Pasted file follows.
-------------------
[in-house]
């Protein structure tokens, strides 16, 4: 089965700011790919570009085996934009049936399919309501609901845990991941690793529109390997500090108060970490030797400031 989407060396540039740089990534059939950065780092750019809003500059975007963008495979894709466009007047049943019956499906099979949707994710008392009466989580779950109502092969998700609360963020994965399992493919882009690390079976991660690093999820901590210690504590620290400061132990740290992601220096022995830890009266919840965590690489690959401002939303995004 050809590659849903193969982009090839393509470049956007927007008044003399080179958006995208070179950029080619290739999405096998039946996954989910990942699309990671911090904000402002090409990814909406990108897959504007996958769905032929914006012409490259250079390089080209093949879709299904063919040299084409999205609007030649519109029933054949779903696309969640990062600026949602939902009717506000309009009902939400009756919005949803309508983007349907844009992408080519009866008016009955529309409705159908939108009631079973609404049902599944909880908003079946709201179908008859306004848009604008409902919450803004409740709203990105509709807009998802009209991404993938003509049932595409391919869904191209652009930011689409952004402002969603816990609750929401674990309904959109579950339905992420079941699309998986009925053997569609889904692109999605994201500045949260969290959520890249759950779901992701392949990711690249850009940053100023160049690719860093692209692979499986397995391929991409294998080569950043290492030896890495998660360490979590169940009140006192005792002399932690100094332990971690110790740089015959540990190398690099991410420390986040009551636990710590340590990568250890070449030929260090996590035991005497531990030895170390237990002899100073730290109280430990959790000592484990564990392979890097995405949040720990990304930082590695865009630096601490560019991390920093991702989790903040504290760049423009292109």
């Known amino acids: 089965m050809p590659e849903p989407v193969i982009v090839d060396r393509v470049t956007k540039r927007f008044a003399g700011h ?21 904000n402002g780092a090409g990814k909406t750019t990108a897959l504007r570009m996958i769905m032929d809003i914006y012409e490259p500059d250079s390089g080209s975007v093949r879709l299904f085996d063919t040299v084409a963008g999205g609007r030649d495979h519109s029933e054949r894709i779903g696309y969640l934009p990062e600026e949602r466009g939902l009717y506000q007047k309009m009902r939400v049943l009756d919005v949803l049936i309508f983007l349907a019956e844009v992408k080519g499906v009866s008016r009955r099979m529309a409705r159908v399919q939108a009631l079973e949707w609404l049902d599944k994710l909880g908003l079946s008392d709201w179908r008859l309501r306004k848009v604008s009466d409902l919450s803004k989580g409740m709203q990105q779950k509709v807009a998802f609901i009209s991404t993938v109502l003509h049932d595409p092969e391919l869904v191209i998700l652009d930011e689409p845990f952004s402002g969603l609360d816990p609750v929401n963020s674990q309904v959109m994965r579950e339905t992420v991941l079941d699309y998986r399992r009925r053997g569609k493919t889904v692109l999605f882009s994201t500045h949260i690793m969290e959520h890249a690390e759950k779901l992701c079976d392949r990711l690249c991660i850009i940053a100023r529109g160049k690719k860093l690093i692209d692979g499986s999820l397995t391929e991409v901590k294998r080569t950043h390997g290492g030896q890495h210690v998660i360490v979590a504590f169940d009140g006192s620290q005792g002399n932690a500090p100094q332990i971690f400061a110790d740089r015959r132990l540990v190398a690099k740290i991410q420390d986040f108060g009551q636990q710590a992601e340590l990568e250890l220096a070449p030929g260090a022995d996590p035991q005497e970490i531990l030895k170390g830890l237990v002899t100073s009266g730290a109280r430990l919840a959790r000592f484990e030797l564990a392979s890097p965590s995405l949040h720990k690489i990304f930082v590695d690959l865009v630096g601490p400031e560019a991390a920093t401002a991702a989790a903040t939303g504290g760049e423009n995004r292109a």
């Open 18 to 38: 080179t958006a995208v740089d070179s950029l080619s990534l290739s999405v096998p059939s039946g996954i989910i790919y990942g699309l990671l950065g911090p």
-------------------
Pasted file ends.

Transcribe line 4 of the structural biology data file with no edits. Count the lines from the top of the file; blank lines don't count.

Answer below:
């Open 18 to 38: 080179t958006a995208v740089d070179s950029l080619s990534l290739s999405v096998p059939s039946g996954i989910i790919y990942g699309l990671l950065g911090p």